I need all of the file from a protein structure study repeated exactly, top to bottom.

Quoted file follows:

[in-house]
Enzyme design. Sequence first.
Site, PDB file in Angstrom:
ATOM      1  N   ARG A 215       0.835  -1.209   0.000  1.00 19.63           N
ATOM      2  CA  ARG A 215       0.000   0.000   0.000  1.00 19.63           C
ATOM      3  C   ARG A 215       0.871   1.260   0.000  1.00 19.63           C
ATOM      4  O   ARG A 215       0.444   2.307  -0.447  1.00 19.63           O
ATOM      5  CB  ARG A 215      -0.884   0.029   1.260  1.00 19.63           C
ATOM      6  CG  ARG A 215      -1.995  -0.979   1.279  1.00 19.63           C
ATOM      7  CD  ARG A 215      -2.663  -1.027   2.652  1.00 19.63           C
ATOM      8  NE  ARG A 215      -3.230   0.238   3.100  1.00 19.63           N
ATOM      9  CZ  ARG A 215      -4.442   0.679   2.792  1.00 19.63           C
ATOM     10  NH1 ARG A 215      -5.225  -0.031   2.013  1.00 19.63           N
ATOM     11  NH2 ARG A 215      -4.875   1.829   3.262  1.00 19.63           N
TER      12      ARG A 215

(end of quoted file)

[in-house]
Enzyme design. Sequence first.
Site, PDB file in Angstrom:
ATOM      1  N   ARG A 215       0.835  -1.209   0.000  1.00 19.63           N
ATOM      2  CA  ARG A 215       0.000   0.000   0.000  1.00 19.63           C
ATOM      3  C   ARG A 215       0.871   1.260   0.000  1.00 19.63           C
ATOM      4  O   ARG A 215       0.444   2.307  -0.447  1.00 19.63           O
ATOM      5  CB  ARG A 215      -0.884   0.029   1.260  1.00 19.63           C
ATOM      6  CG  ARG A 215      -1.995  -0.979   1.279  1.00 19.63           C
ATOM      7  CD  ARG A 215      -2.663  -1.027   2.652  1.00 19.63           C
ATOM      8  NE  ARG A 215      -3.230   0.238   3.100  1.00 19.63           N
ATOM      9  CZ  ARG A 215      -4.442   0.679   2.792  1.00 19.63           C
ATOM     10  NH1 ARG A 215      -5.225  -0.031   2.013  1.00 19.63           N
ATOM     11  NH2 ARG A 215      -4.875   1.829   3.262  1.00 19.63           N
TER      12      ARG A 215